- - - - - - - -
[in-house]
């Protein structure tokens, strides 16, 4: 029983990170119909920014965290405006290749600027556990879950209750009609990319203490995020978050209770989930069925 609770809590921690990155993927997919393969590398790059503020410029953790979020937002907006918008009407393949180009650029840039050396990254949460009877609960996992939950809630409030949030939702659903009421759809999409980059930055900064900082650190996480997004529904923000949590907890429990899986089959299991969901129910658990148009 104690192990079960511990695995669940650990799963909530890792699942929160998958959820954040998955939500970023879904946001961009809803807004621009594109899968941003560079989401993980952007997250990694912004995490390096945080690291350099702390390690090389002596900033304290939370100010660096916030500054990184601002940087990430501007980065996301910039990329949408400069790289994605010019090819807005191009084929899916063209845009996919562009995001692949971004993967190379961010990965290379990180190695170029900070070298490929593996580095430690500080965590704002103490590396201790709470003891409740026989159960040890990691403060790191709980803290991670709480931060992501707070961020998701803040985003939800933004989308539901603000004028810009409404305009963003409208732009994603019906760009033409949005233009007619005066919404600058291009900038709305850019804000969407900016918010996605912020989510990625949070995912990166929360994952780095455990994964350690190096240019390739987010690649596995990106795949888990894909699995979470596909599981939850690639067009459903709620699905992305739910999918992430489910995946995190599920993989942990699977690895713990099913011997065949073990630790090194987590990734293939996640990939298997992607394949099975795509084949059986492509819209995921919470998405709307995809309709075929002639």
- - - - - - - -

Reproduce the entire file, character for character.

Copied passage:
[in-house]
């Protein structure tokens, strides 16, 4: 029983990170119909920014965290405006290749600027556990879950209750009609990319203490995020978050209770989930069925 609770809590921690990155993927997919393969590398790059503020410029953790979020937002907006918008009407393949180009650029840039050396990254949460009877609960996992939950809630409030949030939702659903009421759809999409980059930055900064900082650190996480997004529904923000949590907890429990899986089959299991969901129910658990148009 104690192990079960511990695995669940650990799963909530890792699942929160998958959820954040998955939500970023879904946001961009809803807004621009594109899968941003560079989401993980952007997250990694912004995490390096945080690291350099702390390690090389002596900033304290939370100010660096916030500054990184601002940087990430501007980065996301910039990329949408400069790289994605010019090819807005191009084929899916063209845009996919562009995001692949971004993967190379961010990965290379990180190695170029900070070298490929593996580095430690500080965590704002103490590396201790709470003891409740026989159960040890990691403060790191709980803290991670709480931060992501707070961020998701803040985003939800933004989308539901603000004028810009409404305009963003409208732009994603019906760009033409949005233009007619005066919404600058291009900038709305850019804000969407900016918010996605912020989510990625949070995912990166929360994952780095455990994964350690190096240019390739987010690649596995990106795949888990894909699995979470596909599981939850690639067009459903709620699905992305739910999918992430489910995946995190599920993989942990699977690895713990099913011997065949073990630790090194987590990734293939996640990939298997992607394949099975795509084949059986492509819209995921919470998405709307995809309709075929002639």